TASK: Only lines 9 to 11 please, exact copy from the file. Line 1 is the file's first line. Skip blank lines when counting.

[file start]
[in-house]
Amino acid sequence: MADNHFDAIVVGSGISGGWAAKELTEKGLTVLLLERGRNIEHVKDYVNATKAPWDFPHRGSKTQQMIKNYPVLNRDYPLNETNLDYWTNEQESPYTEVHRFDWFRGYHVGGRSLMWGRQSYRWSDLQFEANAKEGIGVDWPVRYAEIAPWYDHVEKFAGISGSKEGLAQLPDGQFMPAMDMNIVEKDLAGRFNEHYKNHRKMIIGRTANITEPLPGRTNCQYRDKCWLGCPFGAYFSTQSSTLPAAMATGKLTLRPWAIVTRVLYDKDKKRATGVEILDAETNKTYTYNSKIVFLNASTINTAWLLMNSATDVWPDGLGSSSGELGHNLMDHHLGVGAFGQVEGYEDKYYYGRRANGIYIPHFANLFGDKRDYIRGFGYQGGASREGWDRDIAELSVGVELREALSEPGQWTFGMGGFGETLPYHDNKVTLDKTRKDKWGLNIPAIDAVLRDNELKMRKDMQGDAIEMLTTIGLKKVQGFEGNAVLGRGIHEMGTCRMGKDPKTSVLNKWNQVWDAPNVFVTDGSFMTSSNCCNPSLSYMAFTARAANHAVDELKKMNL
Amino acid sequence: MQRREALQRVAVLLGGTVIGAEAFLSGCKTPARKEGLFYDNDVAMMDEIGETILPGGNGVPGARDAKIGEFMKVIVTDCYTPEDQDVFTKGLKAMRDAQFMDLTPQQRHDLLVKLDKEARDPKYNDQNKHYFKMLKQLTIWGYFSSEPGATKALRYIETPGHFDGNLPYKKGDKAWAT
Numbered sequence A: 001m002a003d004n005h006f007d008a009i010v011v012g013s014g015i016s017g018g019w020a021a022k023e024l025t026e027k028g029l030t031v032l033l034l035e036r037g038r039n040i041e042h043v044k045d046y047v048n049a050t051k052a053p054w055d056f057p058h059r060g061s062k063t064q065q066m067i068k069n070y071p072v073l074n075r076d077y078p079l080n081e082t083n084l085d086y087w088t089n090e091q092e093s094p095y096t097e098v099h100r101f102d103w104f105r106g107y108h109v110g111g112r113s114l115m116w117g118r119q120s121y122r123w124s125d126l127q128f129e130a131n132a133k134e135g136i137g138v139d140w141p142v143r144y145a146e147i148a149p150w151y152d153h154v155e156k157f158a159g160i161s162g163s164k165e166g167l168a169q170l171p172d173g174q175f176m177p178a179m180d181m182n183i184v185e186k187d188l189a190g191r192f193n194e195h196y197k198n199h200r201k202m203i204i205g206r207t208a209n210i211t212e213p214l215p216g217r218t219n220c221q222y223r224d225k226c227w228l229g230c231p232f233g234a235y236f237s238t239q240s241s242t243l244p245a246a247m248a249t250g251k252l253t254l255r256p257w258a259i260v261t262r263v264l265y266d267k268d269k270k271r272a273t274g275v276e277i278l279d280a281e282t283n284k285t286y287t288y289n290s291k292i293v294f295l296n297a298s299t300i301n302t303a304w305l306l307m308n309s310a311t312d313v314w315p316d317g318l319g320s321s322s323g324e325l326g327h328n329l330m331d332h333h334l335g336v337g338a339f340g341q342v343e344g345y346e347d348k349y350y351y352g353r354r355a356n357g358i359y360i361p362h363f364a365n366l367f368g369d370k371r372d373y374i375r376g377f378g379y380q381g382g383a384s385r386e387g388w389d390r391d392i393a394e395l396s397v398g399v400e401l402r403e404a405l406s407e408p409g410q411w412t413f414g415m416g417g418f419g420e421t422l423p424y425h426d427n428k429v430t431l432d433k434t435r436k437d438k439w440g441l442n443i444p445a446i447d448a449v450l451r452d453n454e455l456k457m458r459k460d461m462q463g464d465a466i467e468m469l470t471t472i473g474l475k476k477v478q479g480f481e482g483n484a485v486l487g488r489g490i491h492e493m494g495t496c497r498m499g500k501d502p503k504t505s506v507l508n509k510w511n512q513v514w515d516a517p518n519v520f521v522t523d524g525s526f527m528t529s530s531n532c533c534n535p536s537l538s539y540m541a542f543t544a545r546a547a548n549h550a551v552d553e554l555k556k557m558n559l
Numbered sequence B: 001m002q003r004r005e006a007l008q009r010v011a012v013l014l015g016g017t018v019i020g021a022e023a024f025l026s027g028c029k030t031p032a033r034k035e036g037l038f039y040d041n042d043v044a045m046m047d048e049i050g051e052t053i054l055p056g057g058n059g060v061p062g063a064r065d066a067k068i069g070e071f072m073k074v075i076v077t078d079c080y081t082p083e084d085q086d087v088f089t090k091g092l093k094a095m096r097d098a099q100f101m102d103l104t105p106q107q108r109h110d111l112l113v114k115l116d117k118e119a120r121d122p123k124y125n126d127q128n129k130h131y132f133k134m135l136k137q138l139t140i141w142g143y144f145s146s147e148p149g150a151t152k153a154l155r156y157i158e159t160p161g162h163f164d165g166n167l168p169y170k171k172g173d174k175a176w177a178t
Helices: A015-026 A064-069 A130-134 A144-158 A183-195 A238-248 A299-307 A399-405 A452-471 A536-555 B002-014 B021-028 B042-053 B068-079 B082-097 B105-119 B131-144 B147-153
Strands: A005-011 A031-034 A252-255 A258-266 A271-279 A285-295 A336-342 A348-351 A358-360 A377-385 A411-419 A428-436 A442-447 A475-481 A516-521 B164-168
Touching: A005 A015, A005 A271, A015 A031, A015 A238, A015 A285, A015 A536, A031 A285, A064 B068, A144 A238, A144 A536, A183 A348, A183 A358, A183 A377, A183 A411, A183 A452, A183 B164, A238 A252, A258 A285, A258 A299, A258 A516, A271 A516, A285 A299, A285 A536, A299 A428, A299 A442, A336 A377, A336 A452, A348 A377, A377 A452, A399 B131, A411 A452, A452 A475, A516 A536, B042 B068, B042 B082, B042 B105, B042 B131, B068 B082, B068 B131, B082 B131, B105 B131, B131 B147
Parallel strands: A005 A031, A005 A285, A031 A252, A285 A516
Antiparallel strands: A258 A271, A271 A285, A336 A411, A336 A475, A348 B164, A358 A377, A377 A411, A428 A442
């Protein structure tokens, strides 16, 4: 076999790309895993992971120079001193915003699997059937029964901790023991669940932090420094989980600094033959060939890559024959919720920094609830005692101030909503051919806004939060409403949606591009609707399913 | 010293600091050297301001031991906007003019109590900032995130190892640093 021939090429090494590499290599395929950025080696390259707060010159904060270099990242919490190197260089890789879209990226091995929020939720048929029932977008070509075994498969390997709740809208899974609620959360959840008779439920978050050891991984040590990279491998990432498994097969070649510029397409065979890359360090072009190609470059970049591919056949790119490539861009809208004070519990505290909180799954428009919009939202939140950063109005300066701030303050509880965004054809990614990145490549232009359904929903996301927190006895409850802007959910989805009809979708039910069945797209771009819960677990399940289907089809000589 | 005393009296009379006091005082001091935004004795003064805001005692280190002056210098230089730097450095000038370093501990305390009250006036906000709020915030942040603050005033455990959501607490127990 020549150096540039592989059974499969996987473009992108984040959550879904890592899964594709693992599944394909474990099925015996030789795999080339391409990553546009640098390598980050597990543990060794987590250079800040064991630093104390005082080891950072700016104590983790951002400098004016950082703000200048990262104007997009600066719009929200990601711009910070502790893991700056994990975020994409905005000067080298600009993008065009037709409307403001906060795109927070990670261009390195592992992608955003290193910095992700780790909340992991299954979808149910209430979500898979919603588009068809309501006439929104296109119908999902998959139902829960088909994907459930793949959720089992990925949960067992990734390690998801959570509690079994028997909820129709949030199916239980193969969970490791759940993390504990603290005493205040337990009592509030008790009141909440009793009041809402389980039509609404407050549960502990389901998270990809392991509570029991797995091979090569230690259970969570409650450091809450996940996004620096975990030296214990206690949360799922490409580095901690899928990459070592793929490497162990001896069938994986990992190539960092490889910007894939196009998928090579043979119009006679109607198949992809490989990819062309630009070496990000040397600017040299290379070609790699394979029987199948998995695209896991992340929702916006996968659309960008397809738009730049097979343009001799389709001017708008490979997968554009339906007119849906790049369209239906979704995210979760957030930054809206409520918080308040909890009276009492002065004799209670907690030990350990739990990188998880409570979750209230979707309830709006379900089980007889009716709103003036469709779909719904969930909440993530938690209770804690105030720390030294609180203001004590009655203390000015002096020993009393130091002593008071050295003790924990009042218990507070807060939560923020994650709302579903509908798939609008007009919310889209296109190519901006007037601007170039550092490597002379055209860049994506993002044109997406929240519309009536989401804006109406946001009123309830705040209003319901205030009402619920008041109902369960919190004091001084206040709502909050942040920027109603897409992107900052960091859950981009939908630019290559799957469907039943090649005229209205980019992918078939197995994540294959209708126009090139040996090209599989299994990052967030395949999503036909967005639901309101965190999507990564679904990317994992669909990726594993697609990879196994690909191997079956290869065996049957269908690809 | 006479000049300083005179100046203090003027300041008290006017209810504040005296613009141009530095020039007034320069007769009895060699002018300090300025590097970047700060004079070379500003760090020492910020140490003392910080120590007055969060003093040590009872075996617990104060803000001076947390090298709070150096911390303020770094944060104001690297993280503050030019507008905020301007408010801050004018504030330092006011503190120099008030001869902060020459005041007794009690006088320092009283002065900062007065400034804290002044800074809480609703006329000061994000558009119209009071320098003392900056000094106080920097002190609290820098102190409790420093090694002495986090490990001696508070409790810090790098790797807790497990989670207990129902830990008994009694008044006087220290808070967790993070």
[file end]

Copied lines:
Parallel strands: A005 A031, A005 A285, A031 A252, A285 A516
Antiparallel strands: A258 A271, A271 A285, A336 A411, A336 A475, A348 B164, A358 A377, A377 A411, A428 A442
């Protein structure tokens, strides 16, 4: 076999790309895993992971120079001193915003699997059937029964901790023991669940932090420094989980600094033959060939890559024959919720920094609830005692101030909503051919806004939060409403949606591009609707399913 | 010293600091050297301001031991906007003019109590900032995130190892640093 021939090429090494590499290599395929950025080696390259707060010159904060270099990242919490190197260089890789879209990226091995929020939720048929029932977008070509075994498969390997709740809208899974609620959360959840008779439920978050050891991984040590990279491998990432498994097969070649510029397409065979890359360090072009190609470059970049591919056949790119490539861009809208004070519990505290909180799954428009919009939202939140950063109005300066701030303050509880965004054809990614990145490549232009359904929903996301927190006895409850802007959910989805009809979708039910069945797209771009819960677990399940289907089809000589 | 005393009296009379006091005082001091935004004795003064805001005692280190002056210098230089730097450095000038370093501990305390009250006036906000709020915030942040603050005033455990959501607490127990 020549150096540039592989059974499969996987473009992108984040959550879904890592899964594709693992599944394909474990099925015996030789795999080339391409990553546009640098390598980050597990543990060794987590250079800040064991630093104390005082080891950072700016104590983790951002400098004016950082703000200048990262104007997009600066719009929200990601711009910070502790893991700056994990975020994409905005000067080298600009993008065009037709409307403001906060795109927070990670261009390195592992992608955003290193910095992700780790909340992991299954979808149910209430979500898979919603588009068809309501006439929104296109119908999902998959139902829960088909994907459930793949959720089992990925949960067992990734390690998801959570509690079994028997909820129709949030199916239980193969969970490791759940993390504990603290005493205040337990009592509030008790009141909440009793009041809402389980039509609404407050549960502990389901998270990809392991509570029991797995091979090569230690259970969570409650450091809450996940996004620096975990030296214990206690949360799922490409580095901690899928990459070592793929490497162990001896069938994986990992190539960092490889910007894939196009998928090579043979119009006679109607198949992809490989990819062309630009070496990000040397600017040299290379070609790699394979029987199948998995695209896991992340929702916006996968659309960008397809738009730049097979343009001799389709001017708008490979997968554009339906007119849906790049369209239906979704995210979760957030930054809206409520918080308040909890009276009492002065004799209670907690030990350990739990990188998880409570979750209230979707309830709006379900089980007889009716709103003036469709779909719904969930909440993530938690209770804690105030720390030294609180203001004590009655203390000015002096020993009393130091002593008071050295003790924990009042218990507070807060939560923020994650709302579903509908798939609008007009919310889209296109190519901006007037601007170039550092490597002379055209860049994506993002044109997406929240519309009536989401804006109406946001009123309830705040209003319901205030009402619920008041109902369960919190004091001084206040709502909050942040920027109603897409992107900052960091859950981009939908630019290559799957469907039943090649005229209205980019992918078939197995994540294959209708126009090139040996090209599989299994990052967030395949999503036909967005639901309101965190999507990564679904990317994992669909990726594993697609990879196994690909191997079956290869065996049957269908690809 | 006479000049300083005179100046203090003027300041008290006017209810504040005296613009141009530095020039007034320069007769009895060699002018300090300025590097970047700060004079070379500003760090020492910020140490003392910080120590007055969060003093040590009872075996617990104060803000001076947390090298709070150096911390303020770094944060104001690297993280503050030019507008905020301007408010801050004018504030330092006011503190120099008030001869902060020459005041007794009690006088320092009283002065900062007065400034804290002044800074809480609703006329000061994000558009119209009071320098003392900056000094106080920097002190609290820098102190409790420093090694002495986090490990001696508070409790810090790098790797807790497990989670207990129902830990008994009694008044006087220290808070967790993070």